Confessions of infidelity (not mine!)

Having written a book about infidelity, it is amazing how many people have approached me with stories of their own or others close to them. One of the commonalities, amongst all the differences in who, how and where, is that their partners were usually blindsided. Whether it was the husband or the wife who went looking for something outside their marriage, when they announced they were leaving, their partners had no idea it was coming.

For anyone who is married or in a serious relationship, this is obviously scary. While we like to think that we know our partners and how everything is rolling, it seems that the people who were on the receiving end also thought this and were wrong. You can never know what chance encounters or events conspire to leave yourself or your partner open to the suggestion of others. Maybe it has something to do with our age, as most people I’m chatting with are around the same age as me, nearing forty with all the kids at school, but a lot of marriages are breaking down. When I ask why, partly for research and mostly because there might be something to learn from it, the reasons seem to be something that is resolvable (he/she never listened to me) or that was present from the beginning of the relationship (I don’t like his friends/family). No one has said because they fell madly in love with someone else, though a someone else is generally there in the background.

Given the level of difficulty managing new partners and extra children of blended families, especially around holidays, you’d have to really want out to put yourself through the aggravation and negotiation stretching for years ahead. Which begs the question – was the choice of partner wrong in the beginning or do people change? Or does what we want out of relationships change over time and if your partner doesn’t flow in the same direction is it largely inevitable that you will one day look across the table and feel nothing but the desire to flee? Maybe the couples who stay together are mostly lucky, and any smugness felt at not getting divorced has less to do with any conscious decisions you have made, but that you were fortunate that events outside your control went in your favour. There, but for the grace of God, go all of us.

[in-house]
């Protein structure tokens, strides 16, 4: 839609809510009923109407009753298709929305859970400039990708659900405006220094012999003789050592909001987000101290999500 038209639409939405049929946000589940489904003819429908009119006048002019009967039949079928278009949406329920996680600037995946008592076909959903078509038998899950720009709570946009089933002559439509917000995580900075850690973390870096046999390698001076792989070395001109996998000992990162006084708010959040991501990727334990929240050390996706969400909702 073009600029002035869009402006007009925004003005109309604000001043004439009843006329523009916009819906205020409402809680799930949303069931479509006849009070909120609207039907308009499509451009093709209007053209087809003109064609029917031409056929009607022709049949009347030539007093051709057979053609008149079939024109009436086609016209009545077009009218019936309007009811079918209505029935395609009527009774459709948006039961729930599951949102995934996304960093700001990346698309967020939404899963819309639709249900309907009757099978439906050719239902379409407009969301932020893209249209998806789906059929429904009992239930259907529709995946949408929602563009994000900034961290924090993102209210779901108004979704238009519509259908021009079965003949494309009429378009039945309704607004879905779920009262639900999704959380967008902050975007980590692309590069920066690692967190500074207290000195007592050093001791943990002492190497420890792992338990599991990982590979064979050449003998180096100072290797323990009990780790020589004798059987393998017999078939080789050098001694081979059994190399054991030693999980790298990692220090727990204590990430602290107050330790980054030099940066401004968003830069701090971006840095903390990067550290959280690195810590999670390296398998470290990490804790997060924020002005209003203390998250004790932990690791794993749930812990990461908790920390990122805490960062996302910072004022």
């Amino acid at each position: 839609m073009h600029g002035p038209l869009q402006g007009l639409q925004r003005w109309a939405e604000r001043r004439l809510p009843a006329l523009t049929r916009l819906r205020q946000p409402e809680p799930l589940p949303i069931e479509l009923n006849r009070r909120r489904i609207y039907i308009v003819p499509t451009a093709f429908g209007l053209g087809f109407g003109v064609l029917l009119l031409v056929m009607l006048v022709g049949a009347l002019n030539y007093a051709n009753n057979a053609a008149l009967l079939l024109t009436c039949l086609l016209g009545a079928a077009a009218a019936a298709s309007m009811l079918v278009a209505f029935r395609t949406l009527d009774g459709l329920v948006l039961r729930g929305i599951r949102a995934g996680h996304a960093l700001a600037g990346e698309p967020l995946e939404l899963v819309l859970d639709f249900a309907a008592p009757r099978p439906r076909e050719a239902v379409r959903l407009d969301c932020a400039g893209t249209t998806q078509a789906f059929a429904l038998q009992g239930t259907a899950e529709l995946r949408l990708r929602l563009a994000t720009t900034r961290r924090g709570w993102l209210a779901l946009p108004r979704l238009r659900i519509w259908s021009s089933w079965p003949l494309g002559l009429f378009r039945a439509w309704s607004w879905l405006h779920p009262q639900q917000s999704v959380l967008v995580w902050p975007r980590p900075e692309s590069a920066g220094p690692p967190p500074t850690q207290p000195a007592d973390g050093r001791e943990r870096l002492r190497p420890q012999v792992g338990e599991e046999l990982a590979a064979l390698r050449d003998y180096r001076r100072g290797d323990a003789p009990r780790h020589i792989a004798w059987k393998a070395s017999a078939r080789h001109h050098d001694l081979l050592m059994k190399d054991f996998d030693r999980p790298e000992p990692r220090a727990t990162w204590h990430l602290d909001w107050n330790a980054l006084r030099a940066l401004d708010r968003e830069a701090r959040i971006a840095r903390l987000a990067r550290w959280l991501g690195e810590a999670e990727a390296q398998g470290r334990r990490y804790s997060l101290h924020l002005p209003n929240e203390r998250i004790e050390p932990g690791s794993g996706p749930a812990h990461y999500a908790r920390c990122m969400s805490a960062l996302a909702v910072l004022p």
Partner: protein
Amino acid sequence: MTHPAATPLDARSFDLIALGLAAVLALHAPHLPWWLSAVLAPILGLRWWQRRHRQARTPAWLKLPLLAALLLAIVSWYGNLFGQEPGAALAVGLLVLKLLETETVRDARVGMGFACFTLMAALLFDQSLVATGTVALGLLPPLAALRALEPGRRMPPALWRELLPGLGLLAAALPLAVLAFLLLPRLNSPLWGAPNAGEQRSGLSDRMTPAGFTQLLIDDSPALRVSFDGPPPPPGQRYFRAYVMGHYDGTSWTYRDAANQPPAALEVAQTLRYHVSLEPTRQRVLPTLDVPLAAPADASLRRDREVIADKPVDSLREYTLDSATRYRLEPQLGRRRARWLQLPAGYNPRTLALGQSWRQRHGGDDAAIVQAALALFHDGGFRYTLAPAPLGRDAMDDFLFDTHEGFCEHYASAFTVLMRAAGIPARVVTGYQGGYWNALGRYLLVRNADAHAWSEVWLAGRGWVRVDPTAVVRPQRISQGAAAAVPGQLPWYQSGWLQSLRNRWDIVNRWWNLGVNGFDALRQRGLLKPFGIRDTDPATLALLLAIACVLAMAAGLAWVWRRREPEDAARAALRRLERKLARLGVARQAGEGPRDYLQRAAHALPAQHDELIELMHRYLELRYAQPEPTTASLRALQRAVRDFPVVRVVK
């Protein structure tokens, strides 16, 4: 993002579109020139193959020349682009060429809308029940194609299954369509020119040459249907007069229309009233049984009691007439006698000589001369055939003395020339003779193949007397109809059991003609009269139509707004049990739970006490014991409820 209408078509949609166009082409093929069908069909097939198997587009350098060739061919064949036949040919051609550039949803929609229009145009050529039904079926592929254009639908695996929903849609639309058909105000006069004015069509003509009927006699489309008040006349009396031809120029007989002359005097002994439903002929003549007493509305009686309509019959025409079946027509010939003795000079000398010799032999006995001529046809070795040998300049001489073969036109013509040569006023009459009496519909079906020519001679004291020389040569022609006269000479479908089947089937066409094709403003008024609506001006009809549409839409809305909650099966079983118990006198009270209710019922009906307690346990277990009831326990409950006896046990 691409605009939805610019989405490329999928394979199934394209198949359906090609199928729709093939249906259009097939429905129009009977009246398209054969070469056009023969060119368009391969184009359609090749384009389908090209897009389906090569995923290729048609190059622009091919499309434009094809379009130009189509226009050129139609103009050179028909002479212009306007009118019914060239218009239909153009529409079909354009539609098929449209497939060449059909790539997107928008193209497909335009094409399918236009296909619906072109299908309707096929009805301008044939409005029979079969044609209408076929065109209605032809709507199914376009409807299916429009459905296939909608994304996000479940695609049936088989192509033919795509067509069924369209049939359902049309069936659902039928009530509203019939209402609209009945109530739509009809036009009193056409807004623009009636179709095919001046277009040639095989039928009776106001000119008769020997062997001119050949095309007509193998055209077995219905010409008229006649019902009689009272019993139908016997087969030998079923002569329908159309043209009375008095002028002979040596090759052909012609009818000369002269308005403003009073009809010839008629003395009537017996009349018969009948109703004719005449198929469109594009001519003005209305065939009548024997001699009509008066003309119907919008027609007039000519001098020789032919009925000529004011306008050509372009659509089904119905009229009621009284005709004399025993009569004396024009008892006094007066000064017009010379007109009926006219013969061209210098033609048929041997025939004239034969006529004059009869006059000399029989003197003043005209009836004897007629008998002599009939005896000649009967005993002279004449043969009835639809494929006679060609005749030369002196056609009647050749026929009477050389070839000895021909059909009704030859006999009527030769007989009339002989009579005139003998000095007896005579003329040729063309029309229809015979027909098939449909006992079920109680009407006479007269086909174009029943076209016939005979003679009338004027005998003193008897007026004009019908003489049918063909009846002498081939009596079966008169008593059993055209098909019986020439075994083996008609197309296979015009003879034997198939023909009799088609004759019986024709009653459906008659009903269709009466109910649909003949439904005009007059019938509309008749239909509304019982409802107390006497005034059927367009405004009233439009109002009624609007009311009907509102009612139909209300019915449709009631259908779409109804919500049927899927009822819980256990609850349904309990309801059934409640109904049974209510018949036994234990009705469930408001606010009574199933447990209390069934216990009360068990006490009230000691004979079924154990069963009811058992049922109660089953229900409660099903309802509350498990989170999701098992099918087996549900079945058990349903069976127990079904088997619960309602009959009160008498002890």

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Goldfish Guilt

goldfishThis week I nearly killed the goldfish. His name is Boots, named by a few years ago by a child in the thick of Dora the Explorer fever. Being someone who grew up with a variety of pets, I understand that pet deaths are mostly inevitable, though sometimes due to carelessness. The most striking example of this from my childhood was the short-lived Yabby the yabbie (a small crustacean)  who lasted exactly one change of water in the tank. While it was great that my brother was so proactive cleaning it out, he forgot that Yabby was a saltwater creature, not a freshwater one. In case you had any doubt, it matters.

So why do I feel particularly guilty about Boots? Well, Boots is a survivor – he outlasted his original companion Dora, who went off exploring into the sky on week one, then Tico and Benny (the golden snails who were supposed to clean the tank) and a much later companion Swiper, who lasted a couple of months.  He’s been through so much over the years, and I really sort of bonded with him. He watches me in the kitchen and begs against the side of the tank for me to come and drop the manna from heaven. I don’t really expect the child who “owns” him to actually feed him, so I have really assumed responsibility for it. And I forgot. For I don’t know how many days. He was limply flapping around, barely moving. I thought he was gone. And that was when I realised I couldn’t remember the last time I sprinkled those fishy smelling flakes to his gaping little mouth.

This week I’ve been assuaging my guilt by nursing him back to health. Today, he was almost back to his old perky self, flipping his tail around with only a hit of dorsal fin droop. In my guilt spiral, I flirted with releasing him into the wild, where he wouldn’t be adversely affected by an inattentive owner and could seek out his own food. Then I realised what a ridiculous though that was – a goldfish in the wild? Surely it would last mere moments. We keep creatures in our houses that are completely reliant on us, bred to be unable to survive on their own. They are as reliant on us as we are on technology, helpless if it were taken away. Without my phone, computer, tablet or more basically, dishwasher, washing machine, etc I too would struggle. I am Boots.